Also, OLED has taken a big leap over conventional LEDs in terms of response time. OLEDs are touted to be 1,000 times faster, implying there would be no discernible blur with fast-moving images. If you want to get the best visuals, an OLED display should be your choice. They show true colors with perfect blacks. But they cannot get extremely bright. They max out at 1000 nits whereas competing QLEDs can go beyond 2000 nits.

The issue of peak brightness is still manageable because 1000 nit is still quite bright. The bigger issue with OLED however is color burn in. If you watch a TV channel or content with static element, for example, say a logo, this logo is “burn” onto the screen. This is burn in. Burn in occurs when the same content with a static element is watched for hundreds of hours. Although this problem is unlikely to occur on normal TV use, if you watch only one channel or play only one game for long hours, there is a chance that the OLED TV will develop screen burn on the area of static content.

Samsung is the only big TV manufacturer that has stayed away from offering TVs with an OLED panel. Samsung is probably not convinced with the durability of OLED despite OLED offering the best picture quality. Instead, it has developed its own display technology: QLED.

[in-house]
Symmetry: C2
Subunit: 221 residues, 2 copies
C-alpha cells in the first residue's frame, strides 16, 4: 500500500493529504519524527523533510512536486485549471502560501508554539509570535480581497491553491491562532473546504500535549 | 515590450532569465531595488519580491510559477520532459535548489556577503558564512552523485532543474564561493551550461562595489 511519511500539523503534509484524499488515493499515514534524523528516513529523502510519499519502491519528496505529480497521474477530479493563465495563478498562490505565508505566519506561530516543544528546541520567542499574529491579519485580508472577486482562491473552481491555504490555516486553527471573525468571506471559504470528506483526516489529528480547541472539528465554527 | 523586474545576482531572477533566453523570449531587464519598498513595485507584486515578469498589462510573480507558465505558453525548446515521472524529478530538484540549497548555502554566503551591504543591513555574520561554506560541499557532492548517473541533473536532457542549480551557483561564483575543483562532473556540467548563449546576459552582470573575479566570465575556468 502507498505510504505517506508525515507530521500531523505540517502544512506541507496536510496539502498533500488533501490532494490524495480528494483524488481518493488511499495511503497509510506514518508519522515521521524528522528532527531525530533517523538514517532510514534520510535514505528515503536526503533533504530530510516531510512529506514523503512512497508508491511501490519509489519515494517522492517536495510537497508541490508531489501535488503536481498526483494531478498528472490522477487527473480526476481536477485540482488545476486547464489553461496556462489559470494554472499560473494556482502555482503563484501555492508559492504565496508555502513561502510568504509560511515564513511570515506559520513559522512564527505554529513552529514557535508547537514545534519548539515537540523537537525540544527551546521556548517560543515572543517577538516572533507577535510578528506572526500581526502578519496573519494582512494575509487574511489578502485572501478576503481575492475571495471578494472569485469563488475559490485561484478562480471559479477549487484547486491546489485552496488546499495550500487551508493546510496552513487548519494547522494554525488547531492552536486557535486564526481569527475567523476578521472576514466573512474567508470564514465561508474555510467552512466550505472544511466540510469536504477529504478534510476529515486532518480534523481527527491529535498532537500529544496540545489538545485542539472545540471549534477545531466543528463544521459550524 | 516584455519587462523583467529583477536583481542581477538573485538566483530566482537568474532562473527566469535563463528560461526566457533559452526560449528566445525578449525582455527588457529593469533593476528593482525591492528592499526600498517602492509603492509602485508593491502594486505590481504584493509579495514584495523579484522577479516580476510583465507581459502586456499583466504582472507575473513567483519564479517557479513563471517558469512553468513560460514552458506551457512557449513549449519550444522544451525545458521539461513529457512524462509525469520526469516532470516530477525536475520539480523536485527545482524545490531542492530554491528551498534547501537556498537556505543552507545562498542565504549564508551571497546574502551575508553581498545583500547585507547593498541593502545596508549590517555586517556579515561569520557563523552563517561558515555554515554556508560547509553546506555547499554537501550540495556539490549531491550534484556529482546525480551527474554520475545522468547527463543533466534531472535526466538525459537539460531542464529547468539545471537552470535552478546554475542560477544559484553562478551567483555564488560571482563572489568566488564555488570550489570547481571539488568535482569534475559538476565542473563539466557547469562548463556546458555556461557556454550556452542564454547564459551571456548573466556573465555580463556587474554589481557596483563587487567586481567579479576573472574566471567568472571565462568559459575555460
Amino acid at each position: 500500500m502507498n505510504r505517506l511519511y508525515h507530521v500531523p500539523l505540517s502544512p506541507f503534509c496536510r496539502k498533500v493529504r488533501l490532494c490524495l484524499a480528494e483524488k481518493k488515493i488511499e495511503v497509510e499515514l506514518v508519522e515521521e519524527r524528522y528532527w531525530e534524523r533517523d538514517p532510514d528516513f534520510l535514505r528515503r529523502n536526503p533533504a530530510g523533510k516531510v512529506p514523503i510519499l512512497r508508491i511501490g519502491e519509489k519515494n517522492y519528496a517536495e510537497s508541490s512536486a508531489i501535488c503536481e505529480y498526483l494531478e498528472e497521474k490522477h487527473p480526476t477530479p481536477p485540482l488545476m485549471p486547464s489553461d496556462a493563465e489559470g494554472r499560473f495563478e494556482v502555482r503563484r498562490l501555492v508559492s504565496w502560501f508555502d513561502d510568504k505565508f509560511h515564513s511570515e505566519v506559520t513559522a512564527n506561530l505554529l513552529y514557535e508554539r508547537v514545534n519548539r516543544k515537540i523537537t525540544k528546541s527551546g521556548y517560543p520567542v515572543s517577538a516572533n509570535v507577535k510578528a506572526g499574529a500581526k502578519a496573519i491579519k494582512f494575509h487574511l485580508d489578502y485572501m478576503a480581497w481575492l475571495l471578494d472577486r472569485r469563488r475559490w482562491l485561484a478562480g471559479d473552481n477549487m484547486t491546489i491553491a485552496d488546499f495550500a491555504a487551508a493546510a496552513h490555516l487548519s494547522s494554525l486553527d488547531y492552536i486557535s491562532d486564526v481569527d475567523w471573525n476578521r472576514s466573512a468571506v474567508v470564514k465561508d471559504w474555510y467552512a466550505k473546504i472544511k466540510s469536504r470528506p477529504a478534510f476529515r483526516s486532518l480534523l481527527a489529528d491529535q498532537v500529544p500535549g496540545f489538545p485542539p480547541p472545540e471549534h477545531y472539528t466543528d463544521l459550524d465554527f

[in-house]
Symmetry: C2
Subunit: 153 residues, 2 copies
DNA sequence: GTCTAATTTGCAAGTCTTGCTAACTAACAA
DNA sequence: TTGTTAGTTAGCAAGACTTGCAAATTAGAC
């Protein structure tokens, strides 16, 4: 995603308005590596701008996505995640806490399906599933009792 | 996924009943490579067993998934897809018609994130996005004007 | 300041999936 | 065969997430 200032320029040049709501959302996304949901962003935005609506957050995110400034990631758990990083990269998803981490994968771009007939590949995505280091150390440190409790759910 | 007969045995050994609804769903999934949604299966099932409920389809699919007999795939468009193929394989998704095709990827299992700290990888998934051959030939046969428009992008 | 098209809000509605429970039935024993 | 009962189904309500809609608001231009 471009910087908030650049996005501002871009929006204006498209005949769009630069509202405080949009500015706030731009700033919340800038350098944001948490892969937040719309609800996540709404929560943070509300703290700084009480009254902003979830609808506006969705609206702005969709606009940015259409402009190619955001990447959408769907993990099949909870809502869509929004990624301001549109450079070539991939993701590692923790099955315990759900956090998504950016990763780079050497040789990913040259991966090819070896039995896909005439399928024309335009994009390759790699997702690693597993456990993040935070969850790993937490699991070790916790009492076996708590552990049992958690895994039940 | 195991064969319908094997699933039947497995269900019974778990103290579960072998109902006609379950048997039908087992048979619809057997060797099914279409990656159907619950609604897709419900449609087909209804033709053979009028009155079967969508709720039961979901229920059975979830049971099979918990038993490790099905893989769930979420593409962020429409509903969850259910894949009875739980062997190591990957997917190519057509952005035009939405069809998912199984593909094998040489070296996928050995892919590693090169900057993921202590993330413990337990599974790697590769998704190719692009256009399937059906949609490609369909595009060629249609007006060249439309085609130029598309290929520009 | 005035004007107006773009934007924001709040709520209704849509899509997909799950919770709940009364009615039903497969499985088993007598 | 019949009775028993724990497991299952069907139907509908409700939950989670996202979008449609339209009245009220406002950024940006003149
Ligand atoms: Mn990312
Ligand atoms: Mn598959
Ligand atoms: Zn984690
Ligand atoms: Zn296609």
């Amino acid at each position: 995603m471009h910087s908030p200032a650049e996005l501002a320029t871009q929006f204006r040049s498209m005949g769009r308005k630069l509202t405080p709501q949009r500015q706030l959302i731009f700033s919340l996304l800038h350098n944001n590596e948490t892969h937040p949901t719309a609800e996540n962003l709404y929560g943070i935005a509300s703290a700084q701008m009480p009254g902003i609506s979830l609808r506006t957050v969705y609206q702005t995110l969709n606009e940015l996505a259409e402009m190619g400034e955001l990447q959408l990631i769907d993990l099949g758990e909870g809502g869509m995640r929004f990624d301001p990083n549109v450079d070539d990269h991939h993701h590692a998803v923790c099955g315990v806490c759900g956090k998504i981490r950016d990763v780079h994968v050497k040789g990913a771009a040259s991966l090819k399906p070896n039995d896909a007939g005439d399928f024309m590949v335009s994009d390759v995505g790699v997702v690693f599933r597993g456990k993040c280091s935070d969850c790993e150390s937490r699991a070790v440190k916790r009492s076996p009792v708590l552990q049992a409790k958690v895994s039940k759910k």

QLEDs are Quantum-dot LEDs that are nothing but microscopic molecules (nano-sized semiconductor crystals). when struck by incident light emit their own differently colored light. They possess good light absorption and emission capacity making them suitable for vibrant picture generation. The biggest advantage of QLEDs besides very good picture quality is that they can get far brighter than OLED. Some of the premium QLEDs in the market have 2000 nit brightness. This means no matter how bright your room is, you can still enjoy content on the QLED TV without worrying about onscreen reflection.

HDR Formats: HDR10, Dolby Vision and HLG

Another technology that TV marketers love to talk about is HDR (High Dynamic Range). HDR is basically technology to improve two important factors: contrast ratio and color accuracy, of the content on the TV. With HDR, bright parts of the image get much brighter. So, it seems the image possesses more depth. Color range expands as well to show brighter blues, greens, reds, and everything in between. Thus, HDR-compatible movies push TVs to their limit, with brighter highlights, perfect blacks, and wider color gamut.